China’s old economy is displaying greatly renewed vigor. Output of steel and aluminum hit records last month, with mills and smelters boosting run-rates of the products used to make buildings, cars and appliances just as the Trump administration in the U.S. weighs steps to roll back imports.
Output of crude steel was 73.23 million metric tons in June, 5.7 percent more than a year earlier, and up 4.6 percent to 419.75 million tons in the first half, the statistics bureau said yesterday. Supply of aluminum rose 7.4 percent to 2.93 million tons last month, and gained 8.8 percent to 16.84 million tons over the six months. China is the world’s biggest maker of both.
The unprecedented performance from the country’s metals’ industry comes as China’s gross domestic product topped estimates in the second quarter. The nation’s steel mills are in a sweet spot, with larger suppliers ramping up output after a crackdown on the informal sector triggered a shortage of some products, aiding prices. Aluminum has also gained this year, with China’s policy makers seeking to cut outdated capacity even as more plants are added.
“Steel mills are running at very high rates and we can see electric furnaces are ramping up production amid good margins,” Yu Chen, an analyst with Mysteel Research, said from Shanghai. “Demand has also beaten expectations. We see property sales, infrastructure, auto sales all pretty good in June.”
Steel prices have been on a roll in China. Reinforcement-bar futures have surged 27 percent on the Shanghai Futures Exchange this year, and ended yesterday near the highest close since 2013, while coil futures have jumped 12 percent since the end of 2016. In London, three-month aluminum, a global benchmark, has gained 14 percent and last traded at USD1,935.50 a ton.
Improved prices have aided producers. Aluminum Corp. of China, the state-owned aluminum producer known as Chinalco – will post first-half profit of 1.12 billion yuan ($165 million), the best in nine years, the 21st Century Business Herald said, citing the company’s mid-year meeting. Last week, Angang Steel Co. and Hesteel Co. said they expected a jump in net income.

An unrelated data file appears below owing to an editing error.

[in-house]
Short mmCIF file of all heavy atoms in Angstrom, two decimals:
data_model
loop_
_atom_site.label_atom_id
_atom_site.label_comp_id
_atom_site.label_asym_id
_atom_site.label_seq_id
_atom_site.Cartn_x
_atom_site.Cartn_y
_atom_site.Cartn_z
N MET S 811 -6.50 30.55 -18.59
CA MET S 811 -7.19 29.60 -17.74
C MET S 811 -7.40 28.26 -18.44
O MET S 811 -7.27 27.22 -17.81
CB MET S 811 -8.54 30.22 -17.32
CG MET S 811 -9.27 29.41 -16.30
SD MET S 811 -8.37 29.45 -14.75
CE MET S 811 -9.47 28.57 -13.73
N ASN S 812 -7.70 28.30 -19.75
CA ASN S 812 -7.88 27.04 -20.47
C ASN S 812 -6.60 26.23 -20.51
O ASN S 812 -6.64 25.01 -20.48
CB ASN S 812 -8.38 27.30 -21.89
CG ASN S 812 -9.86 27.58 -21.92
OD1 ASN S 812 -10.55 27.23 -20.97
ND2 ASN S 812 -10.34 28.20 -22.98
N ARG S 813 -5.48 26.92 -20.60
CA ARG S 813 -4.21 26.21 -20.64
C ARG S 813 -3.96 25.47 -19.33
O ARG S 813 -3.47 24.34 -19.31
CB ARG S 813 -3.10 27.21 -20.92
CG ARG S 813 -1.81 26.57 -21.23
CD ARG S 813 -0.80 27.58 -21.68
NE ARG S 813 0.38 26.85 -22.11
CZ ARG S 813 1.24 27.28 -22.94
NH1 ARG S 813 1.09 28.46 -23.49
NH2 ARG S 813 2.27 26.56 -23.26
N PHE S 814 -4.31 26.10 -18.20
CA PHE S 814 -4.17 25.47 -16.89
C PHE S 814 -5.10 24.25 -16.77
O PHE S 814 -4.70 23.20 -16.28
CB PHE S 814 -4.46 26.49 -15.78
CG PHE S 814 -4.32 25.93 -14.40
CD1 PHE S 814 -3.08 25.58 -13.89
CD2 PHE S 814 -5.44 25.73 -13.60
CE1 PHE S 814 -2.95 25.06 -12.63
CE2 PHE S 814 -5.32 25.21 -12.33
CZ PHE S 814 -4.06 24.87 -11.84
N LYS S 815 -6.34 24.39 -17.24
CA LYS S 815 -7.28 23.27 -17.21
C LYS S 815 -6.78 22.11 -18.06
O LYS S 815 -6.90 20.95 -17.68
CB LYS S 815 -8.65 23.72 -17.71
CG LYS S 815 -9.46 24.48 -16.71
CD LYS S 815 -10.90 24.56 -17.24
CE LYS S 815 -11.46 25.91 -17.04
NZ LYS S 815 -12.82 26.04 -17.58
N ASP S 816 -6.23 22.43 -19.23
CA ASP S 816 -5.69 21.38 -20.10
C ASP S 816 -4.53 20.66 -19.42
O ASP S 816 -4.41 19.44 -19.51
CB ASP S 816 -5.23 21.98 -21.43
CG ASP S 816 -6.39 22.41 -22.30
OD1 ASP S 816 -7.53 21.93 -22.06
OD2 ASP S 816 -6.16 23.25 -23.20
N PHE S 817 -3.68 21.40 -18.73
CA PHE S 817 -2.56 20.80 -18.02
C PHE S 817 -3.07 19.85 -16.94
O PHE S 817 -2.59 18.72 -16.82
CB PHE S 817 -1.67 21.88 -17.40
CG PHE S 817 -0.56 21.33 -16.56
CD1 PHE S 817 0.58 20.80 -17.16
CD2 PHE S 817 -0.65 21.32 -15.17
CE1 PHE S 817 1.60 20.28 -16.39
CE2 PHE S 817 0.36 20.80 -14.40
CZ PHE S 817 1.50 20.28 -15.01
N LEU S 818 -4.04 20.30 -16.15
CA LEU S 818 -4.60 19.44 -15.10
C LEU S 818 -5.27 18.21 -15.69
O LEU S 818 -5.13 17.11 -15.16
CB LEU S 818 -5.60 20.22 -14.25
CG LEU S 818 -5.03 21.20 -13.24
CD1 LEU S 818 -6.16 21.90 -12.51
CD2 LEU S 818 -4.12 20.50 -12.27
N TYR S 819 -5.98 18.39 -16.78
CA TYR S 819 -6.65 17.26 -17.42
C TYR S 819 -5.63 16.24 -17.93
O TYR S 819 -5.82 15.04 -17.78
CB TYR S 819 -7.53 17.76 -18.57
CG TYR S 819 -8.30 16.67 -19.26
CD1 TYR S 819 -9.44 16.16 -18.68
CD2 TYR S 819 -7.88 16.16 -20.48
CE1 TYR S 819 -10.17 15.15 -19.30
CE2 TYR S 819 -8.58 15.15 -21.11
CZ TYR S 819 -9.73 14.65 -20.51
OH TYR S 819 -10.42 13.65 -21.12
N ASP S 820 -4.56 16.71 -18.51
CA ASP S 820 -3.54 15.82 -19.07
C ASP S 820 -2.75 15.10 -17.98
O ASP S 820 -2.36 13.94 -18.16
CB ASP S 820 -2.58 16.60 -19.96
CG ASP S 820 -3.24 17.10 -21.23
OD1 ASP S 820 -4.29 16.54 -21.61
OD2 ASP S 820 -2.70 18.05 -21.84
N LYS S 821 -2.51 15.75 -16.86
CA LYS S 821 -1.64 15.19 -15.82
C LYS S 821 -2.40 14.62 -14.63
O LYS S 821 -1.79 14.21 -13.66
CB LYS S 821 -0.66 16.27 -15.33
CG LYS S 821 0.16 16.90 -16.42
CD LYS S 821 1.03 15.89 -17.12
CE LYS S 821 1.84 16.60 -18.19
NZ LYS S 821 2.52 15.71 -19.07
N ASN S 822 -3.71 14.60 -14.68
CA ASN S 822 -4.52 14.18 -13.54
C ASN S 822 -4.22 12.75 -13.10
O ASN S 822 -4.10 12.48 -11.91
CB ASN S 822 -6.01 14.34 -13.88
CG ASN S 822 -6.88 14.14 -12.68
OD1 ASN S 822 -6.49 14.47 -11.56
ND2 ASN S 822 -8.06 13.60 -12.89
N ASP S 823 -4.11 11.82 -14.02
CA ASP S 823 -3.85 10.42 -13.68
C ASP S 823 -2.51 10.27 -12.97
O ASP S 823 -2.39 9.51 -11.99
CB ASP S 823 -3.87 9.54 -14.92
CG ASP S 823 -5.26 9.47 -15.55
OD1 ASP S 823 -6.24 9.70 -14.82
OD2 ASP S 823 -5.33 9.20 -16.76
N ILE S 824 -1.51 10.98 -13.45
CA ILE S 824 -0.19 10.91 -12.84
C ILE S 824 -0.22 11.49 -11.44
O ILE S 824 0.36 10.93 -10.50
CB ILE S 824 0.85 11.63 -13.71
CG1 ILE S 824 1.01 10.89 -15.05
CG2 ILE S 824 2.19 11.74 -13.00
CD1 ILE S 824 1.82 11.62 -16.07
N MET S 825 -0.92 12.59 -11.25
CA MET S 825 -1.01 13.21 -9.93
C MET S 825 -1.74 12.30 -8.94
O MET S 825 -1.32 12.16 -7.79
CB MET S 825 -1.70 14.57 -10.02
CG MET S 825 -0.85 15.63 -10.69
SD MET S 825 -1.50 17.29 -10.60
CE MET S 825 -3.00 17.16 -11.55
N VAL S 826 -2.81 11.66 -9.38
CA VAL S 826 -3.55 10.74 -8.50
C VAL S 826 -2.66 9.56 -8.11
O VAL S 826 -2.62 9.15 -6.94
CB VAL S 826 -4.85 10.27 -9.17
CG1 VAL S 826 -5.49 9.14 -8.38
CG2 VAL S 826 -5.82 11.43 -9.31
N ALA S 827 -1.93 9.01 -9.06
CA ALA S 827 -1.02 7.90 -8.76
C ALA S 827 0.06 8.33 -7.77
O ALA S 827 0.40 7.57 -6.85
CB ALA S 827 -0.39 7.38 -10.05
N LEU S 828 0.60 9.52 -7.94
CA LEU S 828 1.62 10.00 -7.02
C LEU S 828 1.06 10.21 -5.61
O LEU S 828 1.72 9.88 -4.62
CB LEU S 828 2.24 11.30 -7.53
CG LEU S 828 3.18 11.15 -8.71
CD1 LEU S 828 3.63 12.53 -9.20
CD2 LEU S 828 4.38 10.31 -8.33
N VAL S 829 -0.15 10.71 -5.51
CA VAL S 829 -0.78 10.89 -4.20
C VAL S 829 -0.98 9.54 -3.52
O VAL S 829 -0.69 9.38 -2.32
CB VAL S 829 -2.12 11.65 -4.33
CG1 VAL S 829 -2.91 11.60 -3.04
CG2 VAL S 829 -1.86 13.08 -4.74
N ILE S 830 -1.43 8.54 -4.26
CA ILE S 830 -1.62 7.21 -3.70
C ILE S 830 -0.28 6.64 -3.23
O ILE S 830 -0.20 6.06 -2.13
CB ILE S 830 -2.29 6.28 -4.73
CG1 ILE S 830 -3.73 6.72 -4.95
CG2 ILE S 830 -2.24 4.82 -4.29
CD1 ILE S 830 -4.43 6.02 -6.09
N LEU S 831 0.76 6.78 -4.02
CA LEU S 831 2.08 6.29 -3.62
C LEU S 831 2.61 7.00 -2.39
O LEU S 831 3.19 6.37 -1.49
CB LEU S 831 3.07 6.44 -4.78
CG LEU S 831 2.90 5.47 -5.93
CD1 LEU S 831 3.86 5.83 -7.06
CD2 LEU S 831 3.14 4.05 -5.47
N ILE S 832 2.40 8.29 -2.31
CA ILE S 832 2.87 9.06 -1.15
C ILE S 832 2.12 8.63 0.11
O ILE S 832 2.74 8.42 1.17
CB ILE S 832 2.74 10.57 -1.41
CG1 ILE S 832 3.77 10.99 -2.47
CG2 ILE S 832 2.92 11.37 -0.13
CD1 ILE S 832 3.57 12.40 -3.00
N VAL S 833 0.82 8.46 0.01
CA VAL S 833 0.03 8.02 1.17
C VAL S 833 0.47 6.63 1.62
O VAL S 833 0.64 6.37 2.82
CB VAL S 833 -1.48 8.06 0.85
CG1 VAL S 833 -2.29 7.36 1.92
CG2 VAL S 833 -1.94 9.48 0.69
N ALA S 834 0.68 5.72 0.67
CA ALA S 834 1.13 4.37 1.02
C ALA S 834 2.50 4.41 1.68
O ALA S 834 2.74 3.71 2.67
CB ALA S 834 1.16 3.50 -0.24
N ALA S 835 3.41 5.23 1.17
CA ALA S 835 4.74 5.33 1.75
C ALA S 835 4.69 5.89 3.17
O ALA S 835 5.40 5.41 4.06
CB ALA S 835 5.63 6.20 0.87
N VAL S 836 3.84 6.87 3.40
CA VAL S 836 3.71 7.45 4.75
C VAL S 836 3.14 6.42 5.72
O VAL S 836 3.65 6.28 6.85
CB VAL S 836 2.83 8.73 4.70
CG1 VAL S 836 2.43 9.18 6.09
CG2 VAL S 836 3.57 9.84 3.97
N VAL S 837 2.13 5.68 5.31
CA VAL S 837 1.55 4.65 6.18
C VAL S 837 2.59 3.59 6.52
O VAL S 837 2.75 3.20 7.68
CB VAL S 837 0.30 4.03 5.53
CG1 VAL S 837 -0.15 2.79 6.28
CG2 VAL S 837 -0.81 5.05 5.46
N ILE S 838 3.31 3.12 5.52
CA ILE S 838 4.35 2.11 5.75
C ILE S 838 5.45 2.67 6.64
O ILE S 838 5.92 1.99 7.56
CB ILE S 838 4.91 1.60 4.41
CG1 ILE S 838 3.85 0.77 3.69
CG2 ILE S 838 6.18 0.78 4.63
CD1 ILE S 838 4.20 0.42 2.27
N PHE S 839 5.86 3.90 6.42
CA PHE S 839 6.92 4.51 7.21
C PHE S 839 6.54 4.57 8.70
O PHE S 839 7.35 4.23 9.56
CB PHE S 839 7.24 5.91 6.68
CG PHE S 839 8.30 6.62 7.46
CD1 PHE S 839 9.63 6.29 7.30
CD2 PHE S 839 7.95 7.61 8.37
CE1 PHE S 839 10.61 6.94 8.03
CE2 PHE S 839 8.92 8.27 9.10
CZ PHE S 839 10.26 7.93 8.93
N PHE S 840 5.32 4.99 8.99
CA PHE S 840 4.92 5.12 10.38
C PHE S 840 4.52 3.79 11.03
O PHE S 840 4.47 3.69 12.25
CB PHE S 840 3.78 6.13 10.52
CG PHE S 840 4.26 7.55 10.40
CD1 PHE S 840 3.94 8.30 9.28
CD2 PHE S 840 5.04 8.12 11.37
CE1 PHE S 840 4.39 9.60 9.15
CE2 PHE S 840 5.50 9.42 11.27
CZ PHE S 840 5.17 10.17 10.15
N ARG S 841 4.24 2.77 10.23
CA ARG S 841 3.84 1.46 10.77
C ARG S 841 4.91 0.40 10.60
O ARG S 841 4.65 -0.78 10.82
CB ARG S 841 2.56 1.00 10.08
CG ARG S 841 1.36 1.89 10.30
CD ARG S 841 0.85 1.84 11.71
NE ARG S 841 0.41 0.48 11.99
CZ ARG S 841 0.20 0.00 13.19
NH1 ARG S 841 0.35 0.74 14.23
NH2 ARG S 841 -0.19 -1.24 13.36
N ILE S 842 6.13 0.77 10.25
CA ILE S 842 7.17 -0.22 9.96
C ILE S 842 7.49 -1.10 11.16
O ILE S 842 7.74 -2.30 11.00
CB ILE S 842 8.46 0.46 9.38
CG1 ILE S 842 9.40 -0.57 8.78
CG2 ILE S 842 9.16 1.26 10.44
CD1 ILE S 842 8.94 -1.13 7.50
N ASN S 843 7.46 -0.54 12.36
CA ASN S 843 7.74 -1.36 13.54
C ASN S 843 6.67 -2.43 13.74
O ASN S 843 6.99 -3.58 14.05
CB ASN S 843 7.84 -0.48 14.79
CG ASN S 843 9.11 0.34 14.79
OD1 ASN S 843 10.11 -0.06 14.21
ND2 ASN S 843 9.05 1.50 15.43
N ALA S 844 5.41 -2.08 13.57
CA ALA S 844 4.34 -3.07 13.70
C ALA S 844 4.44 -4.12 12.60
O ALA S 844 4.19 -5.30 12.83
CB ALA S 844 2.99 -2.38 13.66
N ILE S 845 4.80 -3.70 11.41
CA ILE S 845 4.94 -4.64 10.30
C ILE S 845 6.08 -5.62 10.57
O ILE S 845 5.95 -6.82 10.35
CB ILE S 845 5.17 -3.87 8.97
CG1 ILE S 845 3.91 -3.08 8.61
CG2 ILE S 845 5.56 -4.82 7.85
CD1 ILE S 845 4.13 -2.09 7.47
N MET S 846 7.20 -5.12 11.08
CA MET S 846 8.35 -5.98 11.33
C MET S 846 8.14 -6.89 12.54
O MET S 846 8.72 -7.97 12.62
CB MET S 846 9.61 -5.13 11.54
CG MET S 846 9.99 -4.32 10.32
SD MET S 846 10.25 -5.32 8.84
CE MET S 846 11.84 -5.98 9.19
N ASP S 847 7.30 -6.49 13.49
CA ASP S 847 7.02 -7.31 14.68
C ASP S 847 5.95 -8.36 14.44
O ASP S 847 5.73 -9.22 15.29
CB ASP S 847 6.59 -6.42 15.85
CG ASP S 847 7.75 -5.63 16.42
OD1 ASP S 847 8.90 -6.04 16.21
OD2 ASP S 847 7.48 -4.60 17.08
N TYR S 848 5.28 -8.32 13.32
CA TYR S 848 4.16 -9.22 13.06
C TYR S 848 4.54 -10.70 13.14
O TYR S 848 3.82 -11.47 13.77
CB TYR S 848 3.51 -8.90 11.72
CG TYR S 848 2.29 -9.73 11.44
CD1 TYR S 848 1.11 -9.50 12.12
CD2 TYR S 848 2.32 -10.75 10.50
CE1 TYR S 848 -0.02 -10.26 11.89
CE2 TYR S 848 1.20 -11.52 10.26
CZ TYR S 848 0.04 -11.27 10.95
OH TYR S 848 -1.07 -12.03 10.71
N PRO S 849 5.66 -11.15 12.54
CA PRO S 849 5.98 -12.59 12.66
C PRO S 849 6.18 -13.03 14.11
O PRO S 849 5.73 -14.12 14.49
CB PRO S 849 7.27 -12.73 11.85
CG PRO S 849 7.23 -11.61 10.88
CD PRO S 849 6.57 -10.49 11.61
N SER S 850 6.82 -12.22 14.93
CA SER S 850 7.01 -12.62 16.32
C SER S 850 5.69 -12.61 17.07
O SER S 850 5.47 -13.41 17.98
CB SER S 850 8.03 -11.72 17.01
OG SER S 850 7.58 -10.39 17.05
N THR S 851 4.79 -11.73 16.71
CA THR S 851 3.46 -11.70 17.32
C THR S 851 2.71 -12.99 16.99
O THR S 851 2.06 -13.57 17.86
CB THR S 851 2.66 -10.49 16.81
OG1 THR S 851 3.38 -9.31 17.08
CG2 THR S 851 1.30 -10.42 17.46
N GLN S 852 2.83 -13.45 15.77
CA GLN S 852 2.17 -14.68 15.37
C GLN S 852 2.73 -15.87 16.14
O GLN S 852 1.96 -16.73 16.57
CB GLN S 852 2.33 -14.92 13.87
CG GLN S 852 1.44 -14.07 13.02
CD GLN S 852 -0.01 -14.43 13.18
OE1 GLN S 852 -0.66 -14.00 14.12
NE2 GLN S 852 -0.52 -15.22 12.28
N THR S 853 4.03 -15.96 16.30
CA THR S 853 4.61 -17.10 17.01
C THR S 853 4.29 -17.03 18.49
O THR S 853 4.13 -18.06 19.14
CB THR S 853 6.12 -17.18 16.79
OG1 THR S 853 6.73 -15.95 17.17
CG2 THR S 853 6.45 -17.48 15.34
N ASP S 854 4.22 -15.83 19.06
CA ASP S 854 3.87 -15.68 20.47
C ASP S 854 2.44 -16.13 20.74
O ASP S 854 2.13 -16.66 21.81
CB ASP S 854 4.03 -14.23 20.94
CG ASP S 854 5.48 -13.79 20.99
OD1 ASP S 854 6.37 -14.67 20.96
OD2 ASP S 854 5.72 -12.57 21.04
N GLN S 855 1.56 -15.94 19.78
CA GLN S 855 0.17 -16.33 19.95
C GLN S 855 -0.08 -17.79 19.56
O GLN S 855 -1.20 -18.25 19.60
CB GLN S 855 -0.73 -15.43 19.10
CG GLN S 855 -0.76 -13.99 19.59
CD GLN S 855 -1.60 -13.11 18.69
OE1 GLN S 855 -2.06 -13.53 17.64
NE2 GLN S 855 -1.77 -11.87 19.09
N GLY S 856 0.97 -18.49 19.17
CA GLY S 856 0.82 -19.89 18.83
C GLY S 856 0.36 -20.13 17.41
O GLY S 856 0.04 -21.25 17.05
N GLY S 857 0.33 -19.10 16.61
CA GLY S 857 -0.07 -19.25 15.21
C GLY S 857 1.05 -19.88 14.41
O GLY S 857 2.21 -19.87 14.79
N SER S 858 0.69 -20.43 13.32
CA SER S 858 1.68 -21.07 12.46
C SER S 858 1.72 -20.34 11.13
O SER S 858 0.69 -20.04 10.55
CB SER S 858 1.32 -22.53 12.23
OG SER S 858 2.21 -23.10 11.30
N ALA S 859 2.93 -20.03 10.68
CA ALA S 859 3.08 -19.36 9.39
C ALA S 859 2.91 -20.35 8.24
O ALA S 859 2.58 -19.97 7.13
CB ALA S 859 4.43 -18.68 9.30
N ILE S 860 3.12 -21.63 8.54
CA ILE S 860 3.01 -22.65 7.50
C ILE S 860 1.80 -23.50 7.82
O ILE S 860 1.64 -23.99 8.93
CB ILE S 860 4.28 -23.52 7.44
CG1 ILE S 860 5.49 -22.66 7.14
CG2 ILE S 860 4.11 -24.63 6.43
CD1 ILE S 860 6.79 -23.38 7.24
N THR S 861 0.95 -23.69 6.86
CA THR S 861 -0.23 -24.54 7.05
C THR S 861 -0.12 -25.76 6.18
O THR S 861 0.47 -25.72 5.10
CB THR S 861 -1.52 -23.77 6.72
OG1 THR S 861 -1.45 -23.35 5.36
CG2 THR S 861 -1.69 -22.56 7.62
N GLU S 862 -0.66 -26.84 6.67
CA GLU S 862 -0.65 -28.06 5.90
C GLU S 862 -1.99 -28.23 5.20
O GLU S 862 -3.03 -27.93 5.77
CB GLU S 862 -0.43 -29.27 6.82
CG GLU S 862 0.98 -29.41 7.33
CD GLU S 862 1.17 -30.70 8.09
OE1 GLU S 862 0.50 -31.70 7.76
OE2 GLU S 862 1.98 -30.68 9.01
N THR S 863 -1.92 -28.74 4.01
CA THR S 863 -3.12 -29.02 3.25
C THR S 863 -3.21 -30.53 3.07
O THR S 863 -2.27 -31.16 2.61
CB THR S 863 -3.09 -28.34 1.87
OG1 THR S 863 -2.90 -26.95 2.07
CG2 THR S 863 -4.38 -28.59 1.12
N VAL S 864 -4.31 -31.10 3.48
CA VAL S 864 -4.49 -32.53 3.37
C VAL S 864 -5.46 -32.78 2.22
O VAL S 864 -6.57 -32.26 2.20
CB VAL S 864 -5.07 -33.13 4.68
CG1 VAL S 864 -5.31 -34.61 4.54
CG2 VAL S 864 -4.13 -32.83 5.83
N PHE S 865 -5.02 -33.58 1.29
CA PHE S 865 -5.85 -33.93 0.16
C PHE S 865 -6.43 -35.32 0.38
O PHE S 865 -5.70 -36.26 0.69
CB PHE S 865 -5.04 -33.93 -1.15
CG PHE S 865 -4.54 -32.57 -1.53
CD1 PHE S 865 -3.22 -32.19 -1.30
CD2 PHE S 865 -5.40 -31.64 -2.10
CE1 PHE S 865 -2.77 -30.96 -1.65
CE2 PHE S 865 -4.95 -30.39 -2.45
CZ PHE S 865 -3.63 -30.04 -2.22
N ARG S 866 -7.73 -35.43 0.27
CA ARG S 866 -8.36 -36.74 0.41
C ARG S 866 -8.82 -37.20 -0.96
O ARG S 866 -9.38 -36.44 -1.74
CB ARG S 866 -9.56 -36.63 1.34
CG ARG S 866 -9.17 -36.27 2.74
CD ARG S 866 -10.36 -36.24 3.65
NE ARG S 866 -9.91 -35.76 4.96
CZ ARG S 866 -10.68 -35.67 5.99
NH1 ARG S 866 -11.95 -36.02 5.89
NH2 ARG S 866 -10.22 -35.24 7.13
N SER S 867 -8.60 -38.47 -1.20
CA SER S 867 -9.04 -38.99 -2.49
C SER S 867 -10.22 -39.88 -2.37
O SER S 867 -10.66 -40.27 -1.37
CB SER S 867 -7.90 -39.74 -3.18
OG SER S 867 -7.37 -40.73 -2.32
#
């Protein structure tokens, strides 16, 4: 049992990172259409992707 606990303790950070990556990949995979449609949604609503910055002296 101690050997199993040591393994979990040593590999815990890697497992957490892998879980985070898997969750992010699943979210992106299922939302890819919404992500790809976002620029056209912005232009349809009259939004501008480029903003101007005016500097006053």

President Donald Trump’s administration has decisions pending on both steel and aluminum, blaming China for overproducing and creating global gluts. Earlier this month, Trump told reporters that China, as well as other countries, are “dumping steel and destroying our steel industry, they’ve been doing it for decades, and I’m stopping it. It’ll stop.”
That stance comes even as trade data shows divergent trends for shipments of the two metals. While China’s overseas sales of steel contracted 28 percent to 41 million tons over the first six months, exports of aluminum increased 5.9 percent to 2.41 million tons.
The increase in steel production, which has helped to support iron ore in recent weeks, runs counter to widespread expectations that output would at best level off in 2017. Earlier this month, Australia forecast Chinese steel supply of 805 million tons in 2017, down from 808 million last year.
Iron ore futures rallied in Asia yesterday after the steel production data, with the SGX AsiaClear contract in Singapore rising as much as 3 percent to $66.16 a ton. The benchmark spot price for 62 percent content ore extended last week’s 4.7 percent advance, gaining 1.6 percent to $66.81 a dry ton yesterday, according to Metal Bulletin Ltd. Bloomberg